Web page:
Taekwondo team restores pride with a five-medal haul

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Taekwondo team restores pride with a five-medal haul

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Korea’s Cha Dong-min, right, fights Uzbekistan’s Dmitriy Shokin in the bronze medal match on Saturday. Cha and the rest of the taekwondo team raked in five medals in total - two golds and three bronzes - for Korea at the Rio Olympics. [NEWSIS]

Korea’s national taekwondo team went to this year’s Summer Olympics in Rio hoping to end the nation’s decline in the sport, which has been continuous since taekwondo became an official medal event at the 2000 Sydney Olympics.

They did just that, with all five members ending the Games with a medal, bringing glory back to the birthplace of their martial art.

The taekwondo events took place during the last few days of the Olympics. On the opening day of the taekwondo competition on Wednesday, it was Kim So-hui in the women’s 49-kilogram (108-pound) category and Kim Tae-hun in the men’s 58-kilogram category that brought in the first medals. While Kim So-hui routed Serbia’s Tijana Bogdanovic in the gold medal match with a final score of 7-6, Kim Tae-hun won bronze by defeating Carlos Navarro of Mexico 7-5.

The next day came Lee Dae-hoon, a Korean title favorite who sought to complete his career grand slam in Rio. It was the last piece of the puzzle, which involves the title from four major tournaments: the Asian Games, World Championship, Asian Championships and the Olympics. Gold had eluded him during the 2012 London Games, where he took silver, and Lee hoped the results would be different this time around.

But to everyone’s surprise, Lee suffered an upset loss in the quarterfinals and eventually had to settle for bronze.

Ahmad Abughaush of Jordan brought down the Korean 11-8 in the men’s 68kg competition at Carioca Arena 3 on Thursday. After the unexpected loss to Abughaush, a dark horse who is ranked 38 spots below Lee at 40th, Lee had to resuscitate his chance at the podium through the repechage stage. He did just that, and eventually took down Belgium’s Jaouad Achab 11-7 during the bronze medal match to climb the podium.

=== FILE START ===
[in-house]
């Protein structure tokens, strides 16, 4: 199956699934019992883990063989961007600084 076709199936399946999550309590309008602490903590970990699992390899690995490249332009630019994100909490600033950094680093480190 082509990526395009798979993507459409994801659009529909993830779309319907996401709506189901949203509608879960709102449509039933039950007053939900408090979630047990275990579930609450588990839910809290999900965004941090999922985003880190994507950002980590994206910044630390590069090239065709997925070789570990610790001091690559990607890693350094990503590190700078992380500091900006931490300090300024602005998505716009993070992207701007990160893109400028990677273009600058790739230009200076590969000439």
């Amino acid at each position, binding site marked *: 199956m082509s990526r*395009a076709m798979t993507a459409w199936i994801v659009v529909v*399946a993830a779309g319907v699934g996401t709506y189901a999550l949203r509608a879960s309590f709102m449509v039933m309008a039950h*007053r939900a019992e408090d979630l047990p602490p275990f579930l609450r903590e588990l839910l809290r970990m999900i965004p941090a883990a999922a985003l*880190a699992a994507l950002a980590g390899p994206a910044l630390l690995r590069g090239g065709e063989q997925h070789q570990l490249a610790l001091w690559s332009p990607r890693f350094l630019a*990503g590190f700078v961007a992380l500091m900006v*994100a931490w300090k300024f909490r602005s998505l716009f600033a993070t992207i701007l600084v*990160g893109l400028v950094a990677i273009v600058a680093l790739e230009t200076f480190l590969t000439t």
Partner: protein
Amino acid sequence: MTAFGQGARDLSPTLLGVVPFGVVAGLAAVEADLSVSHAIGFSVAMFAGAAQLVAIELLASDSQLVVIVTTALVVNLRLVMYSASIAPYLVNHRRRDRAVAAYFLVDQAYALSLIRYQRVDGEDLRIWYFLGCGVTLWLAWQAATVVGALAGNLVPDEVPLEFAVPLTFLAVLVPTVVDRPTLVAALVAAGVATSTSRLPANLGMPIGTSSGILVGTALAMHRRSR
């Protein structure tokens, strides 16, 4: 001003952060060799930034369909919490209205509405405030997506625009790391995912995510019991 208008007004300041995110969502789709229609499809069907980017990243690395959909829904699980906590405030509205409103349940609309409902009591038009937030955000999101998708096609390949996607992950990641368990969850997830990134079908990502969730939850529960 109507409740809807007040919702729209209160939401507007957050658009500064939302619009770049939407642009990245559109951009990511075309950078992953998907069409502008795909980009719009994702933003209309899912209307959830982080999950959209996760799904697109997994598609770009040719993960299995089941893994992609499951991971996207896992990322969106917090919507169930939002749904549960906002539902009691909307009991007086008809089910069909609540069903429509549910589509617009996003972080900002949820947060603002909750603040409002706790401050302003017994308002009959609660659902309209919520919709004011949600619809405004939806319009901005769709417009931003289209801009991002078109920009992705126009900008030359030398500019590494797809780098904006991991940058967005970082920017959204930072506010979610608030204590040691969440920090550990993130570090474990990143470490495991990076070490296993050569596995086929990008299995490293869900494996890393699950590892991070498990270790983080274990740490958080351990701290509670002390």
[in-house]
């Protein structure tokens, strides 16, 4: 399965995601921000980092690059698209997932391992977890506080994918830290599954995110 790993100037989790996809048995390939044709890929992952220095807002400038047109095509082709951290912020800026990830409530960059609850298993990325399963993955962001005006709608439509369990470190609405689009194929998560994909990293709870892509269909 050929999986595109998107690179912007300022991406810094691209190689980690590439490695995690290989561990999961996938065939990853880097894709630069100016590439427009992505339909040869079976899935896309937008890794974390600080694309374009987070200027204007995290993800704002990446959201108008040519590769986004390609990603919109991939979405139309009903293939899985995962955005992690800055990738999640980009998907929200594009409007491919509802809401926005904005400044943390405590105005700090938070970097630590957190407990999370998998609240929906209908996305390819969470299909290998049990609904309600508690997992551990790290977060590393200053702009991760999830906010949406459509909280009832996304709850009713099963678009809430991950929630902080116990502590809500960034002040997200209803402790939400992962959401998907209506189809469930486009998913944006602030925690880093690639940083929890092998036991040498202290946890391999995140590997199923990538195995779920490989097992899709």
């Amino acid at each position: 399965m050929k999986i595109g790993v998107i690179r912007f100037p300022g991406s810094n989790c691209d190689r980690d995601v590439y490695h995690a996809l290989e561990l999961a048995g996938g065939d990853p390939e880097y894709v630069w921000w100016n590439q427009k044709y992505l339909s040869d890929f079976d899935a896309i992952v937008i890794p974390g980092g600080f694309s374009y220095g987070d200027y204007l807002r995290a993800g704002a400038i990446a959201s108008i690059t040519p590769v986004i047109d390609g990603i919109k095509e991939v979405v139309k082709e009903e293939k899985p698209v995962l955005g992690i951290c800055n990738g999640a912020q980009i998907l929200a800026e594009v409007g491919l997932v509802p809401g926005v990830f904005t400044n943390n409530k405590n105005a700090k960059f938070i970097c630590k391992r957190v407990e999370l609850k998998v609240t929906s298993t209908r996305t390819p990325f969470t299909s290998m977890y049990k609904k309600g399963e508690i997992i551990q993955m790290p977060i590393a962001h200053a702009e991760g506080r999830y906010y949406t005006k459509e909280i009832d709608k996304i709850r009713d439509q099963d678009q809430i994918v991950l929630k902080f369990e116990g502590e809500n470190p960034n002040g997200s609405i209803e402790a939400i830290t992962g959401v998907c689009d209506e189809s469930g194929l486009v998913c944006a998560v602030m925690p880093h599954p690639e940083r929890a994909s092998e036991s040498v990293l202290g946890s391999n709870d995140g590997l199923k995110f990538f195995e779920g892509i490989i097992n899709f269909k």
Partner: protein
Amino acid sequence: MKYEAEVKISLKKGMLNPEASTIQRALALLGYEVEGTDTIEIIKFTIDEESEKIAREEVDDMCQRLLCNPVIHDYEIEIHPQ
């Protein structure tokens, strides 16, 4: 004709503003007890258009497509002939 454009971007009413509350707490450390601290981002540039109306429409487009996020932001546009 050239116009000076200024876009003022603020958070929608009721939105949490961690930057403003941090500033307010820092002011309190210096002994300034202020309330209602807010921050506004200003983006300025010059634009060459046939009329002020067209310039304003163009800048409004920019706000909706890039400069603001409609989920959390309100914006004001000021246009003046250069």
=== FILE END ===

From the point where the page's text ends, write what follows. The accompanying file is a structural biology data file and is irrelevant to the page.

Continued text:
Although the color of his medal wasn’t what he’d wanted, Lee demonstrated a level of maturity that gained the applause from the arena after his loss to Abughaush.

After the match, Lee rose the hand of his opponent, commending the Jordanian for his victory.

“When a loser can’t accept the defeat, then the winner won’t be able to enjoy his victory,” Lee was quoted as saying by Yonhap News Agency. “But if the loser accepts the result, the winner can enjoy it even more. I thought it was all part of good sportsmanship.”

The next day, Friday, Korea added another gold to its tally when Oh Hye-ri, a veteran of the team at the age of 28, defeated the French player Haby Niare in the final bout of the women’s 67-kilogram event 13-12 to top the podium.

“I don’t have to fight in another match right?” said Oh after the match with a big smile on her face. “I have already done my best but there were times when I had to endure through disappointment. I did my best again today and I am happy about the process as well as the result.”

Since the sport became an official Olympic event, Korea has claimed at least one medal in the women’s 67-kilogram category, and the pressure was high for Oh not to disappoint. But now, with Oh becoming the oldest taekwondo practitioner in Korea to earn an Olympic medal, the legacy continues.

Oh was followed by Cha Dong-min, the last player on the team, in the men’s 80-kilogram event. Cha, another gold hopeful, lost during the quarterfinals and took a shot at bronze after salvaging his chance through repechage.

In the bronze medal match, regulation wasn’t enough for Cha and his opponent Dmitriy Shokin of Uzbekistan to settle the score. The two fighters went into the sudden-death round, during which whoever claims the first point takes the match. Cha eventually defeated Shokin with a kick to the body, adding Korea’s last medal for this year’s Summer Games.

BY CHOI HYUNG-JO [choi.hyungjo@joongang.co.kr]

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